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Sentinel Digital DeskBy : Sentinel Digital Desk

  |  2 April 2017 12:00 AM GMT

Once, a samurai set out on an errand. Precisely a year ago, he had lent a tidy sum of money to a fisherman, and it was now the day the fisherman had promised he would repay the debt.
Arriving at the coastal village, the samurai headed to the beach where the fisherman was working on his nets. Upon seeing the samurai, the fisherman threw himself to the ground. “Get up,” said the samurai, “as agreed, it has been a year and I have come to collect the money you owe me.”
“I have not forgotten it,” said the fisherman with his head bowed, “but it has been a bad year for me and I am sorry I cannot repay my debt.”
Hearing this, the samurai flew into a rage and drew out his sword. “Why should I not slay you instead?” he roared, raising the blade. Knowing he had nothing to lose now, the fisherman said: “I too have been learning the martial arts. But my master has taught me never to strike when angry. I beg you, please give me one more year to pay you what I owe.”
Slowly, the samurai lowered his sword. “Your master is wise,” he said, “it is a lesson I often forget. Okay, you shall have another year to repay your debt.”
It was dark by the time the samurai returned home. Seeing no lights, he crept in quietly, not wishing to wake up the household. As he entered his bed chamber, he saw two persons lying on his futon. One he recognized as his wife, and the other unmistakably another samurai from his clothing!
Raging, the samurai pounced with his sword to slay them both. Just as he was about to strike, the fisherman’s words came back to him — ‘Never strike in anger’. Pausing at once, the samurai thought to himself: “This time I shall follow the lesson”.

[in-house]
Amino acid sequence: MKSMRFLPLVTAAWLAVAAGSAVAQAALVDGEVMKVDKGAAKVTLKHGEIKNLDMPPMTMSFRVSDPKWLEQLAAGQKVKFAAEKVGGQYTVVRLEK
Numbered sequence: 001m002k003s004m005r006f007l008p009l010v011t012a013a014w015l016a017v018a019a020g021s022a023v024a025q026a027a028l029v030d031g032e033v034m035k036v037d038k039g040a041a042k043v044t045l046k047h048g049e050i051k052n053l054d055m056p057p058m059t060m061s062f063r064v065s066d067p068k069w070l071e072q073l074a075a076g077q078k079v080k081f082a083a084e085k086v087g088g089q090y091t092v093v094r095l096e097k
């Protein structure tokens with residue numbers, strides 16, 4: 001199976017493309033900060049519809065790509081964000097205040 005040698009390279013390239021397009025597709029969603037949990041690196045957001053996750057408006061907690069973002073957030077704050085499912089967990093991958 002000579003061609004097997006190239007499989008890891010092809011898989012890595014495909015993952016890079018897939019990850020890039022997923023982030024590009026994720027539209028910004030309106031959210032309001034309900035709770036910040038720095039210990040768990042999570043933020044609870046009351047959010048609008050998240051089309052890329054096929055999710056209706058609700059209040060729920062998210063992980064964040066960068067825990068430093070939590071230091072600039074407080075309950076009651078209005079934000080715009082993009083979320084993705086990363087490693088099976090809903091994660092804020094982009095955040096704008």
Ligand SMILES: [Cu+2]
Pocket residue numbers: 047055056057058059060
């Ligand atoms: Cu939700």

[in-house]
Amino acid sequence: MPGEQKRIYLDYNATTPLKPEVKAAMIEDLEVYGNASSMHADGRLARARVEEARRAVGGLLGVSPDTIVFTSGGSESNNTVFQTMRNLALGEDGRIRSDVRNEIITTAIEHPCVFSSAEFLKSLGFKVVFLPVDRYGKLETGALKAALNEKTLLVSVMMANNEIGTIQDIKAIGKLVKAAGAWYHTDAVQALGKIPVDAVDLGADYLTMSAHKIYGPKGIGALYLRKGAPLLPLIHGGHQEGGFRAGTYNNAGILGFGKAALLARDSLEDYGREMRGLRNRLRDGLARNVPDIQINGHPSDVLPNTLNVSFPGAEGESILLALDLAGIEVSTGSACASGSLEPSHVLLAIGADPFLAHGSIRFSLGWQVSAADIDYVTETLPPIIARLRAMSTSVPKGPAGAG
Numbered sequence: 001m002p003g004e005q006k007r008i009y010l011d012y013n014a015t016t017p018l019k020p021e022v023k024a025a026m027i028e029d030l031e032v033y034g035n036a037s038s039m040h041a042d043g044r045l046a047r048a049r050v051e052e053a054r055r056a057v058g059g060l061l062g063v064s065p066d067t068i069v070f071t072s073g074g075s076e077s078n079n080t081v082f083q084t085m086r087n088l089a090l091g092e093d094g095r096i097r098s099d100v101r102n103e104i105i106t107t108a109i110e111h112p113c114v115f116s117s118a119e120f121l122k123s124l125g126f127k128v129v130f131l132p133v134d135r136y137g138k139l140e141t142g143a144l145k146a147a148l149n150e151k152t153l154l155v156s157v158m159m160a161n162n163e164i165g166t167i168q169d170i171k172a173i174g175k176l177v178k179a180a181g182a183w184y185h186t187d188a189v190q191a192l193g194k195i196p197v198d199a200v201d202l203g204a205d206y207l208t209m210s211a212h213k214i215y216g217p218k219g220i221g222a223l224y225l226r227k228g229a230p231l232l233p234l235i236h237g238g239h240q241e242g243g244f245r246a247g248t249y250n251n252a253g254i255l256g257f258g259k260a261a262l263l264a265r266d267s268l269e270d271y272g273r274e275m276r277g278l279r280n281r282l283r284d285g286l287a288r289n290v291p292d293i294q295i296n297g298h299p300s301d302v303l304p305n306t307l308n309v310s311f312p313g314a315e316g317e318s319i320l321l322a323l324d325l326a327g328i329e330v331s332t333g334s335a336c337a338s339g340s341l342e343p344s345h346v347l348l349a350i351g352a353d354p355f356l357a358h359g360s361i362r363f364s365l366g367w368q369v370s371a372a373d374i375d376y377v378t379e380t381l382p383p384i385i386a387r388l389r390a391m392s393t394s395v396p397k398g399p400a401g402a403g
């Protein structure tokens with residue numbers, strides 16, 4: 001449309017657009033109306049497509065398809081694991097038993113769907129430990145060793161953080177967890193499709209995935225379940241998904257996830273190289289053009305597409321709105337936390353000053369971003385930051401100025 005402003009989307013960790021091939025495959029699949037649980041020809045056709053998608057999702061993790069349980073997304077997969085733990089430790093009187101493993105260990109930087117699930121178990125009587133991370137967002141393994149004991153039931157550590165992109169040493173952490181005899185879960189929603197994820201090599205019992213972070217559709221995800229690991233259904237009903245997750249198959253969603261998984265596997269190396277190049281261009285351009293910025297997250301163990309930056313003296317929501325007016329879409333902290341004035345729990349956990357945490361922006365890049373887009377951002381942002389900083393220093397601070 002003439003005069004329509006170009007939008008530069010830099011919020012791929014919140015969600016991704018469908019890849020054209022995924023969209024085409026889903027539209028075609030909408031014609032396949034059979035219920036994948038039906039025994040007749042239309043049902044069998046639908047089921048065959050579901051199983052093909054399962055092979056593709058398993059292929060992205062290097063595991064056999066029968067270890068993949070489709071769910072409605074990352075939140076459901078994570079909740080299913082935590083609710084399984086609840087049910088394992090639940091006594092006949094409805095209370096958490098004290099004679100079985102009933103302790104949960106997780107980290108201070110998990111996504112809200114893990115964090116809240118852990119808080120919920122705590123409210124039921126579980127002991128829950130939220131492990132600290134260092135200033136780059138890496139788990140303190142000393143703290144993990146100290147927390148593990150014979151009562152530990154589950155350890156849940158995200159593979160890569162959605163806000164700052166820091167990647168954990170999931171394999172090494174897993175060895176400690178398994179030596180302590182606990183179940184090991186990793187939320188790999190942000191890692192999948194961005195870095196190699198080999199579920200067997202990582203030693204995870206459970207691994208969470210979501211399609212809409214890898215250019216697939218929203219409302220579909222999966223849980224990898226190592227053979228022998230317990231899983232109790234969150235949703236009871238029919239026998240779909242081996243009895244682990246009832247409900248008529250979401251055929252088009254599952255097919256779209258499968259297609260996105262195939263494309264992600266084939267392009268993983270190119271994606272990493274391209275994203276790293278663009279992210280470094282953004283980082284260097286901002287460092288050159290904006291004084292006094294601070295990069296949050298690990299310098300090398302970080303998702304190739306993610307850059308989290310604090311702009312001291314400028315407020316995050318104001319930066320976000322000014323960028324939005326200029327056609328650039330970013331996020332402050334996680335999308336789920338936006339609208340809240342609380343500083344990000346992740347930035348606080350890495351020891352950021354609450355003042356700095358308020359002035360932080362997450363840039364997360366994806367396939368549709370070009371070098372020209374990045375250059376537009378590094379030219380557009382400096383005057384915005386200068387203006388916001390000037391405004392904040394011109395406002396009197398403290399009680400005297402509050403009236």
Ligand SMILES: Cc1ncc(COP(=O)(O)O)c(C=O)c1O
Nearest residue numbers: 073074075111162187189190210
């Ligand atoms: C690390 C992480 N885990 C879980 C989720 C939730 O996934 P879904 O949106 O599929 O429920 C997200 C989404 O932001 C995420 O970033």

Taking a deep breath, the samurai relaxed, then made a noise. Hearing it, both his wife and the stranger immediately woke up. As they lit the candle at the bedside, the samurai found himself face to face with his wife, and his mother dressed up in his clothes and another set of swords.
“What is the meaning of this?” he spluttered, “I almost killed you both!” His wife quickly explained that when he had not returned by nightfall, she decided to dress his mother up in his clothes so that if any intruder entered the home, they would be frightened off at the sight of a samurai inside.
At that moment, the samurai realized that his habit of striking without thinking had almost cost him the life of his wife and his mother, the two persons dearest to him. They had taken the right precaution, because samurais sometimes made deadly enemies who would strike at night.
A year passed by. The samurai again walked down the same beach to meet the fisherman. After the formal greetings, the fisherman said, “It has been a good year, my Lord. Here is the money I owe you as promised, along with interest.”
“Keep your money,” replied the samurai, smiling: “You do not know it, but you repaid your debt a year ago.”
—the harbinger

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